Survey of modern power plants driven by diesel and gas engines

Seppo Niemi

Research output: Book/ReportReport

1 Citation (Scopus)

Abstract

This paper surveys the latest technology of power plants driven by reciprocating internal combustion (IC) engines, from information collected from publications made mainly during the 1990 s. Diesel and gas engines are considered competitive prime movers in power production due mainly to their high full- and part-load brake thermal efficiency, ability to burn different fuels, short construction time and fast start-ups. The market for engine power plants has grown rapidly, with estimated total orders for reciprocating engines of 1 MW output and more reaching the 5000 unit level, (10 GW), between June 1995 and May 1996. Industrialized countries much prefer combined heat and power (CHP) production. Intense interest has been shown in recent years in alternative gas fuels; natural gas appears to be the most promising, but liquid petroleum gas, gas from sewage disposal plants, landfill gas and other biogases, as well as wood gas have also been recognized as other alternatives. Liquid alternatives such as fusel and pyrolysis oil have also been mentioned, in addition to information on coal burning engines. The percentage of gas engines used has increased and different ones are being developed, based on either the traditional spark ignition (SI), dual-fuel technology or the more recent high pressure gas injection system. In cold climates, energy production is largely based on CHP plants. Waste heat is utilized for local, regional or district heating or for industrial uses like drying, heating, cooling etc. Even radiative and convective heat from gen-set surfaces are employed, and boilers are used with exhaust outlet temperatures of below dew point. Combined cycle schemes, including turbo compound systems and steam turbines, are also incorporated into engine power plants in order to increase output and efficiency. Two-stroke, low-speed diesel engine plants show the highest electric efficiencies, with combined cycle plants reaching up to 54%, while gas engine plants achieved between 35% and 47%. The total efficiency of a CHP plant depends on its heat recovery system, recording at its highest rating 98% efficiency. Exhaust emissions of IC engine power plants must be reduced both by internal and post-combustion methods. The lean-burn SI gas engines seem better with regard to engine-out emissions, while other gas and oil-driven engines with higher oxides of nitrogen emissions are worse. The paper deals only with post-combustion exhaust cleaning systems, reporting on the development of selective catalytic processes (SCR) and three-way catalysts. Data was also collected on combined oxi-cat and SCR reactors and NO reduction concepts that utilize other media than ammonia or urea, as well as more advanced post-combustion methods.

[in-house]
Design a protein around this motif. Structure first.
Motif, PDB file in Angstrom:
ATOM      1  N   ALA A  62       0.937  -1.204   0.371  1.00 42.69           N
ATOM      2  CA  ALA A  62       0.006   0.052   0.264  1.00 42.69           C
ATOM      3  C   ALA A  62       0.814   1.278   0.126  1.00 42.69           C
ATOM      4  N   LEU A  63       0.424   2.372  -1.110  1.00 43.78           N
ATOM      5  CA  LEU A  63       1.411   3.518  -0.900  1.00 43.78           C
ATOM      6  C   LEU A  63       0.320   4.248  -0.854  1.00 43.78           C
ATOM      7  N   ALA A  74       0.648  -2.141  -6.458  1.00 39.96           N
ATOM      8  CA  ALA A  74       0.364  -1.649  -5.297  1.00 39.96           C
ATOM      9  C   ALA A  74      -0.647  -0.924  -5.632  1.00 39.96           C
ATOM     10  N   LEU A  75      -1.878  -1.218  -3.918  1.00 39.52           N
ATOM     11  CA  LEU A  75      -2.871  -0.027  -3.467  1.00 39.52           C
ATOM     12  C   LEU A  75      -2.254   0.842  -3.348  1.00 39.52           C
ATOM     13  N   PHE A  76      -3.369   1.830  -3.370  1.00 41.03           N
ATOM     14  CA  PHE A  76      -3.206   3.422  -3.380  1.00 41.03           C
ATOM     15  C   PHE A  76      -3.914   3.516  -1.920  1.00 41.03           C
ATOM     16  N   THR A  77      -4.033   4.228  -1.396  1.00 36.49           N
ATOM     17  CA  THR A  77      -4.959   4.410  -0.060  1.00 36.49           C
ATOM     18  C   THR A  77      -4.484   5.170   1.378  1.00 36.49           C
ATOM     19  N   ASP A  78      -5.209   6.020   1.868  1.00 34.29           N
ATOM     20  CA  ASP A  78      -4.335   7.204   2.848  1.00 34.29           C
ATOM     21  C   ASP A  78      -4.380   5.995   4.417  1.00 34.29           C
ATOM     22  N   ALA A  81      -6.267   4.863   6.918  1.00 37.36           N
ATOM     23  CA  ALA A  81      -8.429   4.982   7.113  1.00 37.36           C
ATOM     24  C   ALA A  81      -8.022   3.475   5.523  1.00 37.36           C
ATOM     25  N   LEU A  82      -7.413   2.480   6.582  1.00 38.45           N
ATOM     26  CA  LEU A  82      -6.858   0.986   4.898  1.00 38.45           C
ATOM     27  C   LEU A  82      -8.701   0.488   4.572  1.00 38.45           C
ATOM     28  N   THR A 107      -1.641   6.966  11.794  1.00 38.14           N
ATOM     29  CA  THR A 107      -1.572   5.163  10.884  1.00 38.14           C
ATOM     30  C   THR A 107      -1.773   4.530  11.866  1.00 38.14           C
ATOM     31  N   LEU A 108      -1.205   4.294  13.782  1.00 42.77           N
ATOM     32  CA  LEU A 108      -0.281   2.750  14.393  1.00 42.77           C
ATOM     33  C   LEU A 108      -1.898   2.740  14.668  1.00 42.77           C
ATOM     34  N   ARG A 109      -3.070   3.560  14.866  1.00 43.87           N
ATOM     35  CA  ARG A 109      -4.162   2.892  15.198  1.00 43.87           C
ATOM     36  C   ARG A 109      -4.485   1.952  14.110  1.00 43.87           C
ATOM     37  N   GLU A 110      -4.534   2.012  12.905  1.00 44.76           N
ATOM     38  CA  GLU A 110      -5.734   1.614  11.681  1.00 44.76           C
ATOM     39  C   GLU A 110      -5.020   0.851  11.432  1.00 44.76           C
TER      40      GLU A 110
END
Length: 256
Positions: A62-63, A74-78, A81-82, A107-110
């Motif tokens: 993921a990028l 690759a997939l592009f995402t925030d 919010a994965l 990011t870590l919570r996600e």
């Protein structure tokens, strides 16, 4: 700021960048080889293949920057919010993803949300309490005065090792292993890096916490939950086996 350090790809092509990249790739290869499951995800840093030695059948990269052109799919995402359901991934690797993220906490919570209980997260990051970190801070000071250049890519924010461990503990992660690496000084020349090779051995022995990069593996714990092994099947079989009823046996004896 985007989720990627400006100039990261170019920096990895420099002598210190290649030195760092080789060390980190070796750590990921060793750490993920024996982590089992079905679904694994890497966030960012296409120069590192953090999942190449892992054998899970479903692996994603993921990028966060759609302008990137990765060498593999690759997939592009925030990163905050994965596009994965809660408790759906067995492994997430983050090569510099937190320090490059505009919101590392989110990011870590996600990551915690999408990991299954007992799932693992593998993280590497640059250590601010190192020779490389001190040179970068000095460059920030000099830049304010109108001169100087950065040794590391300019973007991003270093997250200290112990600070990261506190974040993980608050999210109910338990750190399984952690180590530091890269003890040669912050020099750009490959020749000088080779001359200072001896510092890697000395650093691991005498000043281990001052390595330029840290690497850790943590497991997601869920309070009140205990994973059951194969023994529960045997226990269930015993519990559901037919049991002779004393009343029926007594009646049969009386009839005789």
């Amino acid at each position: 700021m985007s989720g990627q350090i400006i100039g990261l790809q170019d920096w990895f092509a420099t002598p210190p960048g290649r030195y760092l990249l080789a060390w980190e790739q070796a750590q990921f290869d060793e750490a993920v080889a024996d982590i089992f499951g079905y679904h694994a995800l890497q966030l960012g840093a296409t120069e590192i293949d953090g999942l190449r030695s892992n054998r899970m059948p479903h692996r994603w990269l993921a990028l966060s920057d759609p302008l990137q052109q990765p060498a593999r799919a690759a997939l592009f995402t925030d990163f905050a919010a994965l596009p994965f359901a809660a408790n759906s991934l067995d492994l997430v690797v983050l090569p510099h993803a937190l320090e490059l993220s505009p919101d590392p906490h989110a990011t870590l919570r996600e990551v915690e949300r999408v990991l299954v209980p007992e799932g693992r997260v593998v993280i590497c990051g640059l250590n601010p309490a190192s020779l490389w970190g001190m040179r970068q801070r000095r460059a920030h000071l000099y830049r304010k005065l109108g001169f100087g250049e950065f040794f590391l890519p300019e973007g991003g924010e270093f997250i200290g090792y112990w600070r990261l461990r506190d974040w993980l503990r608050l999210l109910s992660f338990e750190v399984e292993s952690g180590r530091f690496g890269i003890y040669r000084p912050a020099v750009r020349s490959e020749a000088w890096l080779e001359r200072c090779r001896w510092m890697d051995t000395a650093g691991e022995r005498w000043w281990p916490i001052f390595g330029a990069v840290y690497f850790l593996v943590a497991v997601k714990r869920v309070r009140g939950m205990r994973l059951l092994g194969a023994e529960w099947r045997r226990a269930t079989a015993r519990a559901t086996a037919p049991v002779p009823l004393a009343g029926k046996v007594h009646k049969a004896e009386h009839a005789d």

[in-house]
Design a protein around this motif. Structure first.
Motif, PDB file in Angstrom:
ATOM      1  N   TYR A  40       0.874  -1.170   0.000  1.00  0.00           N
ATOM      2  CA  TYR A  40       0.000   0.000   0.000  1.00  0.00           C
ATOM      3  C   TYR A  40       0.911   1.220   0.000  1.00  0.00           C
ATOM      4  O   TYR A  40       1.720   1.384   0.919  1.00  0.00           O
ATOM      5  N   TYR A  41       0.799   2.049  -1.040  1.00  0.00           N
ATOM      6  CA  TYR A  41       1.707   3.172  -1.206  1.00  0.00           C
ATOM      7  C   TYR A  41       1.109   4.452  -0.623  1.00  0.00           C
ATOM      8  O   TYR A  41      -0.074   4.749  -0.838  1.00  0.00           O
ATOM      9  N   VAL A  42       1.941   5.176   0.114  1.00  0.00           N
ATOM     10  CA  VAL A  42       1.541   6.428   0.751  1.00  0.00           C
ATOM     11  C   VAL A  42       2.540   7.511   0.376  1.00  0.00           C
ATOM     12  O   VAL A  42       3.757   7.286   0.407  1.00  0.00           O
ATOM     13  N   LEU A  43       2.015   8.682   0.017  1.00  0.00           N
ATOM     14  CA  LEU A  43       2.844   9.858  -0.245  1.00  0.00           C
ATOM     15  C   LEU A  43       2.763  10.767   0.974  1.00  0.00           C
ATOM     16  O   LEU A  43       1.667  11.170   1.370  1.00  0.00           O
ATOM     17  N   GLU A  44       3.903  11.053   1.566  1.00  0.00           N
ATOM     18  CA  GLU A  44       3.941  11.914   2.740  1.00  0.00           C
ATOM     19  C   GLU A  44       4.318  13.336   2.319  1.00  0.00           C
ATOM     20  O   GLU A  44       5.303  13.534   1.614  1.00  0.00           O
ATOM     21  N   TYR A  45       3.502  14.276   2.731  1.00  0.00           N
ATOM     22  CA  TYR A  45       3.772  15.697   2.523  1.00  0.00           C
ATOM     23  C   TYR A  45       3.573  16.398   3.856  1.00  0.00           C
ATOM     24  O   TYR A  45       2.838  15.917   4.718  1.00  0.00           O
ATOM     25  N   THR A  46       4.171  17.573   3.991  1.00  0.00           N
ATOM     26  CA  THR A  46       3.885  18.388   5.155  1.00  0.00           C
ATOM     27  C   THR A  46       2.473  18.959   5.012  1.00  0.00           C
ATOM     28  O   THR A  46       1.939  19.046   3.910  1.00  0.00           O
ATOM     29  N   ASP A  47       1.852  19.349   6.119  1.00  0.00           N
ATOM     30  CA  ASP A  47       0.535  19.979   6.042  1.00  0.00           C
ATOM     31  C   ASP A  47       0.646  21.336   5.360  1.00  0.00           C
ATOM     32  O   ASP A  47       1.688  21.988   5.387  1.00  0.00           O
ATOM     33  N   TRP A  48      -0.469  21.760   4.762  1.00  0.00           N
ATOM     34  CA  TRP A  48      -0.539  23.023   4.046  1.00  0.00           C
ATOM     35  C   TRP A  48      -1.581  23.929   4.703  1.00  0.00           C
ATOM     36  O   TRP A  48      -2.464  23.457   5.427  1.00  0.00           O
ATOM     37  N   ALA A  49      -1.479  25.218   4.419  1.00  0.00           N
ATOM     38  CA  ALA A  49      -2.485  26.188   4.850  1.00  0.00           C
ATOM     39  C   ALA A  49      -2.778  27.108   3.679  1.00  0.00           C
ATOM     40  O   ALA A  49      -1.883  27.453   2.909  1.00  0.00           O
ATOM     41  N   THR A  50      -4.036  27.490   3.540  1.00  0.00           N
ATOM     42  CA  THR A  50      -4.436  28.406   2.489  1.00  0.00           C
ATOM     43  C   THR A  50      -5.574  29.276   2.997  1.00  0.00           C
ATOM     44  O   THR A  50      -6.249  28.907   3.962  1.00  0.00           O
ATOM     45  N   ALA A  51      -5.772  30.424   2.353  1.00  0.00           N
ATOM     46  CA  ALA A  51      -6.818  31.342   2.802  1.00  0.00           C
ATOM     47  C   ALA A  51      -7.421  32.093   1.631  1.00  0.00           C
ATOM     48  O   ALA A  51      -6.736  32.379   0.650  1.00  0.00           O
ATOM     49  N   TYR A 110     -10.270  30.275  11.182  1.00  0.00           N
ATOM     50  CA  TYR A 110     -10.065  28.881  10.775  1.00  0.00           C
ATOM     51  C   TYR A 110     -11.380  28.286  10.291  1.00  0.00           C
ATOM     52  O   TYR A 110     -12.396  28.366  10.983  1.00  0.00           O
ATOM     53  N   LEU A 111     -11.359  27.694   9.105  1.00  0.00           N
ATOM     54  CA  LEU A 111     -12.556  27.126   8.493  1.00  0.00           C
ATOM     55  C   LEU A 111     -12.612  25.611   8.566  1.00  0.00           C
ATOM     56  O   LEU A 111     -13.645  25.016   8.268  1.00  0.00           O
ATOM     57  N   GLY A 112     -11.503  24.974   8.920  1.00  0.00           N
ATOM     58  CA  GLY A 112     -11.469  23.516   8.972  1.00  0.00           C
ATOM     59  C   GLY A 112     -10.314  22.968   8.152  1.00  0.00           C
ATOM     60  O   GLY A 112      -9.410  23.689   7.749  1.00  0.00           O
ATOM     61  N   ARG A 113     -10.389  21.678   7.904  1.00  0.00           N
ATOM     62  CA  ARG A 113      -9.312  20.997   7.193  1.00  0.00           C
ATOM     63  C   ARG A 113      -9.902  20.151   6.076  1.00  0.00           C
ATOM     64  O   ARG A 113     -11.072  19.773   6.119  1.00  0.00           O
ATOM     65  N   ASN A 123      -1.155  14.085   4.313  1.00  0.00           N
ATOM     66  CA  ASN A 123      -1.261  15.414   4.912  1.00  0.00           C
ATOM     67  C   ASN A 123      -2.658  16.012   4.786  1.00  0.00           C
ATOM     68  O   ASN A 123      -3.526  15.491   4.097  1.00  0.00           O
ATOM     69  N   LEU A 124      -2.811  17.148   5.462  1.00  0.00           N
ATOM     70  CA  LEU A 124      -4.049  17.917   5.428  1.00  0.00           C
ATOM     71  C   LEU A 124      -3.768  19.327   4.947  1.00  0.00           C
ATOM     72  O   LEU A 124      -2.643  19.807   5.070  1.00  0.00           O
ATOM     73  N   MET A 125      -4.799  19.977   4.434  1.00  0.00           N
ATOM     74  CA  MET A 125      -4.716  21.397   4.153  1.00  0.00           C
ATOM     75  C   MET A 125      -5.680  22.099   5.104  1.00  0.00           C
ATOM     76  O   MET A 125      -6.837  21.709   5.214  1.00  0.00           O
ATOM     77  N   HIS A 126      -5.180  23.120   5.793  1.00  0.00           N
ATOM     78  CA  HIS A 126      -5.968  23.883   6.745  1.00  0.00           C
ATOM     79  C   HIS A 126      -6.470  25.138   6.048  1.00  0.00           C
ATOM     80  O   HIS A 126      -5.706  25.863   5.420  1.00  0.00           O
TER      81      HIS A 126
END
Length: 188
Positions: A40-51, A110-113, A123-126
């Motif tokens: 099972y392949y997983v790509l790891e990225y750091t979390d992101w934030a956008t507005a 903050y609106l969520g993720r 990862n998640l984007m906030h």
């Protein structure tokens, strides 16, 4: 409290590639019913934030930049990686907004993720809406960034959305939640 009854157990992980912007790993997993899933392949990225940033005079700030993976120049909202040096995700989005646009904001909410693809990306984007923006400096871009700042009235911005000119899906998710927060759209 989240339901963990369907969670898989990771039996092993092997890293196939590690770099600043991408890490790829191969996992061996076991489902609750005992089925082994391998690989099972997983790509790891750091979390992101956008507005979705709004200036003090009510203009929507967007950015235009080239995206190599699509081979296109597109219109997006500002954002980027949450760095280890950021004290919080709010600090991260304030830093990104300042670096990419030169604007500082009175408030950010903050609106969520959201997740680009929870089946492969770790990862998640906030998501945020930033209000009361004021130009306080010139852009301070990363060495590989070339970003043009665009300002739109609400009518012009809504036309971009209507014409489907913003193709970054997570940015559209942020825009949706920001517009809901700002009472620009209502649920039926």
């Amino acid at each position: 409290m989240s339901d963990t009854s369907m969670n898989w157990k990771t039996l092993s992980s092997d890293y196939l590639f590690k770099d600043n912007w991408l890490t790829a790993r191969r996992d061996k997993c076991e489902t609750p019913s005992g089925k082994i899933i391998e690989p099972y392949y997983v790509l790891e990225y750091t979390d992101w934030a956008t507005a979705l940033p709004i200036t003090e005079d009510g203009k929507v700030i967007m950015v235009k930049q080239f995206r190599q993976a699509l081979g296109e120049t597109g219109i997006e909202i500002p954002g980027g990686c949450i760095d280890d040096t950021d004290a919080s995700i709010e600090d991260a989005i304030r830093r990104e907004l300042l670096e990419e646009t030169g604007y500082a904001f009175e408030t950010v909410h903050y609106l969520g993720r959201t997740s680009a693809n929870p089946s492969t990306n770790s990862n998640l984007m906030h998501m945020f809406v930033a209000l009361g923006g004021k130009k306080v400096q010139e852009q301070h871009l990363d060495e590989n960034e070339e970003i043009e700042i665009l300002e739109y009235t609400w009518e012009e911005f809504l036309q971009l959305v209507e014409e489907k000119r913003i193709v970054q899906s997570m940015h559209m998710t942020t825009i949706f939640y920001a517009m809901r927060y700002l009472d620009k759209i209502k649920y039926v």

Original languageEnglish
Place of PublicationEspoo
PublisherVTT Technical Research Centre of Finland
Number of pages70
ISBN (Electronic)951-38-5156-7
ISBN (Print)951-38-5155-9
Publication statusPublished - 1997
MoE publication typeNot Eligible

Publication series

SeriesVTT Tiedotteita - Meddelanden - Research Notes
Number1860
ISSN1235-0605

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Keywords

  • electric power plants
  • alternative fuels
  • exhaust emissions
  • internal combustion engines
  • diesel engines
  • gas engines

Cite this

Niemi, S. (1997). Survey of modern power plants driven by diesel and gas engines. VTT Technical Research Centre of Finland. VTT Tiedotteita - Meddelanden - Research Notes, No. 1860